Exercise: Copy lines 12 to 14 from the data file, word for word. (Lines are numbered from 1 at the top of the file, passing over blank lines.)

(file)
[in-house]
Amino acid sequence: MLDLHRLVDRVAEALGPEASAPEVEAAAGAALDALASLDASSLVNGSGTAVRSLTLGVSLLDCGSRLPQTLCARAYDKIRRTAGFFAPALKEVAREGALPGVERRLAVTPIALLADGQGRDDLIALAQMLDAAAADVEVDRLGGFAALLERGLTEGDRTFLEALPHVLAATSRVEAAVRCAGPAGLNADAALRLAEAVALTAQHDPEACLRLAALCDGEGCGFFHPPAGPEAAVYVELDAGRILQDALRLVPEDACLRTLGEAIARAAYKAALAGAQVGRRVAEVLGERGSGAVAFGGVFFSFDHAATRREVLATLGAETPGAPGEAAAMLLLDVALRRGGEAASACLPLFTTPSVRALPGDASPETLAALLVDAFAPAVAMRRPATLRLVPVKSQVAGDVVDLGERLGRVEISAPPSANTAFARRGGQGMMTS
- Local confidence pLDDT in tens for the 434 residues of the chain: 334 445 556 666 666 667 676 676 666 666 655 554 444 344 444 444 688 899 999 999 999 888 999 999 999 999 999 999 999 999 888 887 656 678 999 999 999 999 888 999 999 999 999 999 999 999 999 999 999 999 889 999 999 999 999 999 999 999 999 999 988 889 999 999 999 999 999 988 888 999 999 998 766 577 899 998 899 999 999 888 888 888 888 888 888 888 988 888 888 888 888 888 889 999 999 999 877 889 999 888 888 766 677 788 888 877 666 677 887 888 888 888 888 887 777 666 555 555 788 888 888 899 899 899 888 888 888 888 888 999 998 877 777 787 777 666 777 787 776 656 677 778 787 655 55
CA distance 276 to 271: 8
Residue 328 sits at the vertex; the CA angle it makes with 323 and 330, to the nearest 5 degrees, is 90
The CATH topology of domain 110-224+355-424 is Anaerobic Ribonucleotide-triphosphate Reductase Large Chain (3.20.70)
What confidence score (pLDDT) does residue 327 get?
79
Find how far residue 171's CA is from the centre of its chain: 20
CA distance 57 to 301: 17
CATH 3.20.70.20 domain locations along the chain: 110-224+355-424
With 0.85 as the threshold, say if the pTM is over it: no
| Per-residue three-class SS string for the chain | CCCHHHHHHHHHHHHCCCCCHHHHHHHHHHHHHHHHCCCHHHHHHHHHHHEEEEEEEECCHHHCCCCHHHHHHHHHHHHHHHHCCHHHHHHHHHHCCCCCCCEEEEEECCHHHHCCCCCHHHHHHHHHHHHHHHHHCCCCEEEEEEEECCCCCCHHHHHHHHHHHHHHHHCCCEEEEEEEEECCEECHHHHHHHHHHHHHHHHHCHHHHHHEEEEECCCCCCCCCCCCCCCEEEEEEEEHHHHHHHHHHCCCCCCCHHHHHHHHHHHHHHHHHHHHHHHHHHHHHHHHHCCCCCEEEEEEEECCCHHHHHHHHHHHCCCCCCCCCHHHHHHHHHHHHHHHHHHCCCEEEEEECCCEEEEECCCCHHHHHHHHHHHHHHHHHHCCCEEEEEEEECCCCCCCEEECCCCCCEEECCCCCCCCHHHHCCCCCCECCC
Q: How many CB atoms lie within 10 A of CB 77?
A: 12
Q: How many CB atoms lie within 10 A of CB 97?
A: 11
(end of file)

With 0.85 as the threshold, say if the pTM is over it: no
| Per-residue three-class SS string for the chain | CCCHHHHHHHHHHHHCCCCCHHHHHHHHHHHHHHHHCCCHHHHHHHHHHHEEEEEEEECCHHHCCCCHHHHHHHHHHHHHHHHCCHHHHHHHHHHCCCCCCCEEEEEECCHHHHCCCCCHHHHHHHHHHHHHHHHHCCCCEEEEEEEECCCCCCHHHHHHHHHHHHHHHHCCCEEEEEEEEECCEECHHHHHHHHHHHHHHHHHCHHHHHHEEEEECCCCCCCCCCCCCCCEEEEEEEEHHHHHHHHHHCCCCCCCHHHHHHHHHHHHHHHHHHHHHHHHHHHHHHHHHCCCCCEEEEEEEECCCHHHHHHHHHHHCCCCCCCCCHHHHHHHHHHHHHHHHHHCCCEEEEEECCCEEEEECCCCHHHHHHHHHHHHHHHHHHCCCEEEEEEEECCCCCCCEEECCCCCCEEECCCCCCCCHHHHCCCCCCECCC
Q: How many CB atoms lie within 10 A of CB 77?